In addition to these social and cultural benefits, you also bring firms very real economic benefits by having useful contacts in your countries of origin, your ability often to speak a second language and by transferring the skills that you have learned overseas to our local workforce.

So you can see, the Government is aware that it has a responsibility to help new migrants into jobs. In 2003 we funded the Work and Income Auckland Migrant and Refugee Strategy to address the issues of unemployment and settlement of new immigrants.

The implementation of the Strategy saw a total of 38 specialist case managers appointed in Work and Income Service Centres across the Auckland region – many of whom are themselves migrants and from a variety of ethnic backgrounds.

Migrant case managers have fewer case load numbers in recognition of the complexities of helping migrants and refugees find work. They also work closely with ethnic community representatives and migrant and refugee organisations as well as participating in cross-cultural training.

Specialised programmes aimed at helping migrant and refugee clients find work have been introduced. One of these, Migrant Job Link, is a three week modular job search programme which currently is achieving employment outcomes in excess of 65%.

A range of ESOL programmes are available to eligible migrant job seekers for whom their level of English is a barrier to employment, and a Multi Lingual Contact Centre was established in Auckland to offer information in a total of eleven languages other than English.

Services are also available to provide migrant-specific job search programmes for job seeker migrant and refugee clients. One of these is the Auckland Chamber of Commerce Initiative for Migrant Professionals.

Work and Income has recently appointed two Migrant work brokers in the Auckland region to facilitate enhanced placement of migrant and refugee clients into work.

For migrants who may not be eligible for statutory benefit from Work and Income there are job search information seminars at a number of migrant centres across Auckland. These are facilitated in collaboration with other agencies specialising in job search assistance, such as Career Services for instance, and participants are also able to access useful settlement information available from these centres.

Work and Income also engages in engineer- specific programmes and job search assistance through continuing to support the IPENZ programme by subsidising participants who are in receipt of a Work and Income Unemployment Benefit.

Work and Income also has a long association with John La Roche of Engineers for Social Responsibility and migrant case managers in Auckland receive regular newsletters for their engineer clients from this support organisation.

In addition, migrant engineers receiving Unemployment Benefit may also be referred to the Work and Income / Auckland Chamber of Commerce Work Experience for Migrant Professionals. Currently Work and Income have purchased 120 places on this programme, which aims to establish relevant work experience opportunities for migrant professionals. Work and Income has committed a total of $360,000 to this programme in the current year and employment outcomes to date are at 49%.

Work and Income is currently also looking at ways they may be able to use the Industry Partnerships initiative to enhance employment outcomes for migrant engineers.

These are some of the initiatives in place to help you to find employment. But of course it is also up to you to do all you can to seek employment. It is estimated that a very large proportion of jobs are not advertised, but are filled by word of mouth and contacts. So how do you find jobs as a newcomer to New Zealand? Human resource consultants who work specifically with migrants say that those migrants who are successful usually have three attributes:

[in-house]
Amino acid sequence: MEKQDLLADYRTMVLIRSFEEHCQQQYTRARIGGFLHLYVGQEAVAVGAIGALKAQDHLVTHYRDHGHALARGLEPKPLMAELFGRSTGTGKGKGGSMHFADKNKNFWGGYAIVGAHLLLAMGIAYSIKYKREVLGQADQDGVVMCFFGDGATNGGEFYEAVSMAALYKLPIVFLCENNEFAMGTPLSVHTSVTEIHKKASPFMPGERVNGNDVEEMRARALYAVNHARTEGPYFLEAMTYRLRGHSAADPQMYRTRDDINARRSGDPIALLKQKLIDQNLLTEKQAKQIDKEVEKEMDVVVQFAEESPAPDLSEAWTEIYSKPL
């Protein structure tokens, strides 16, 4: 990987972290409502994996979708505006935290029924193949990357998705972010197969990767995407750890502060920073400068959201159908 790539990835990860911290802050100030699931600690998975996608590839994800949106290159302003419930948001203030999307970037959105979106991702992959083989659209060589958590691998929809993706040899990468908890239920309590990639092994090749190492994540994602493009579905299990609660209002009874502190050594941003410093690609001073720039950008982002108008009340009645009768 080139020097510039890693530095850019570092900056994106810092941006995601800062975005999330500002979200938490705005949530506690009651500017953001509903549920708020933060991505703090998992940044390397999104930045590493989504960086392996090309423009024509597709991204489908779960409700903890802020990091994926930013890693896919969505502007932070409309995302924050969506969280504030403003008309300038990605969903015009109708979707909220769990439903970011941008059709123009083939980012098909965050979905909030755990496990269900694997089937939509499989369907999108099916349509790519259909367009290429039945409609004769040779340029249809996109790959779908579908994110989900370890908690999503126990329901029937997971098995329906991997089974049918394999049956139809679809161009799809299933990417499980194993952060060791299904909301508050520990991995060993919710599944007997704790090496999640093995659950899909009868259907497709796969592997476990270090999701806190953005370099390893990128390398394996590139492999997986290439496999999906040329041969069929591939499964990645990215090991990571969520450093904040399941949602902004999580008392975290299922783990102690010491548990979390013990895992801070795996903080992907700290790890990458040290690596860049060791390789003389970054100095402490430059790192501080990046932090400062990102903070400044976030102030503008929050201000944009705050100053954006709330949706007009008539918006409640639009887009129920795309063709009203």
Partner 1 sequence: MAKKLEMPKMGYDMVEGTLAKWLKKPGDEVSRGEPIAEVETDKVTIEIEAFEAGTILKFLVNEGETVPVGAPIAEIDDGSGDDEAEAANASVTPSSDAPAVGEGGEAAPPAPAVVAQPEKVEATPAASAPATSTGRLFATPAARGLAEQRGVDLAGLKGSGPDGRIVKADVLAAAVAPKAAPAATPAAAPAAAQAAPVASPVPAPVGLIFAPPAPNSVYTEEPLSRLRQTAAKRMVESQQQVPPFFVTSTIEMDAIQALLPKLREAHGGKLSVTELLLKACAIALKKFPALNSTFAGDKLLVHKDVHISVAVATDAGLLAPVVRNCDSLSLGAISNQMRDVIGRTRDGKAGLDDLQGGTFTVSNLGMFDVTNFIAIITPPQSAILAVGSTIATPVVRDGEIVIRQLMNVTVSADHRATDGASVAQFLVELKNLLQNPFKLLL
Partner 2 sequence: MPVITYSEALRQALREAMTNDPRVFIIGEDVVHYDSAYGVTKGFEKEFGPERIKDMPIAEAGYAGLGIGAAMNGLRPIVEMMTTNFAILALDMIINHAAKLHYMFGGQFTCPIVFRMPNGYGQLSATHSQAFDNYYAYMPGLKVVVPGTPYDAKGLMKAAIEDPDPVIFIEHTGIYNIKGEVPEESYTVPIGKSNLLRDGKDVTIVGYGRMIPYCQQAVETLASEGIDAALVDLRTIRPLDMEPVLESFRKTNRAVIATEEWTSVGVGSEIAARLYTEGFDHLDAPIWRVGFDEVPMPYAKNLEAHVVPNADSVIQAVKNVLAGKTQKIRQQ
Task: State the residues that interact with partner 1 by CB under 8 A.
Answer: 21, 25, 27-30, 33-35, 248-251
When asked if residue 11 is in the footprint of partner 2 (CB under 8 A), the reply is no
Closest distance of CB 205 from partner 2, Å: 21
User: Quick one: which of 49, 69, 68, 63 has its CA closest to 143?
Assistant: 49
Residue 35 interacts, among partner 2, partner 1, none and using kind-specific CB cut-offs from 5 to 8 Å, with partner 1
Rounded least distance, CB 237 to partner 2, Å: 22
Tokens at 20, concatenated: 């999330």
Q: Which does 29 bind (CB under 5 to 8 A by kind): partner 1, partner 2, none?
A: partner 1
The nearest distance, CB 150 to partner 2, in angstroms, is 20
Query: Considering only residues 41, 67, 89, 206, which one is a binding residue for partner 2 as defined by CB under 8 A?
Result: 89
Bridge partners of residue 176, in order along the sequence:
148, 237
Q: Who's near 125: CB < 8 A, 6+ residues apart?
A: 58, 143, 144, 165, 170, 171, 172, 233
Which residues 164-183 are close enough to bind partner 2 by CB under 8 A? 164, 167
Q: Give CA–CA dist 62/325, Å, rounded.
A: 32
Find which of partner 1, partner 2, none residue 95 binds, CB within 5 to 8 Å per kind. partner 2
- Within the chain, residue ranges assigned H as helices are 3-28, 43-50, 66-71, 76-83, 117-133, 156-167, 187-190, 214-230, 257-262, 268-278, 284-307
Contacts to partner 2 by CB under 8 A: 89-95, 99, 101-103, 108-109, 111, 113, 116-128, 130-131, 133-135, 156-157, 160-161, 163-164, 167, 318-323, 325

Firstly, they are proactive in looking for employment, they do not simply hand their CVs to firms or human resource companies. They knock on doors; they make appointments to see managers of companies and convince them of their suitability for employment.

Secondly, successful migrants create networks. These networks are usually initially within their own ethnic communities, but then expand to include interest groups and occupational groups. SIGIE is an excellent example of the networks that can be built between professionals of various ethnicities and I note that SIGIE itself has a network sub-committee.

But networks do not stop there- joining a sports club or a hobby group can bring unexpected job opportunities through the people you meet there. By interacting with New Zealanders in a social context you also create understanding and break down prejudice.

Thirdly, it is important to let those people around you know that you are looking for work and not to be ashamed or embarrassed to ask for help. New Zealanders tend to be extremely helpful people, but they need to know what your needs are.

There is good news on progress that we are making. According to a Statistics New Zealand report released last week, most qualified immigrants, unemployment or underemployment in low-skilled work is transitional rather than long term. In fact, regardless of qualifications, in the long term, immigrants have a lower unemployment rate than New Zealand-born workers.

Of course, the Government would like to see all migrants employed and their skills utilised to the full. I have outlined some of the strategies that the Government is using to try to achieve this. But we realise that as migrants you have a unique set of circumstances and we need to learn from you. We would like you to share your suggestions and experiences with us and to tell us what seems to work for you, and what could work better for you.

Thank you.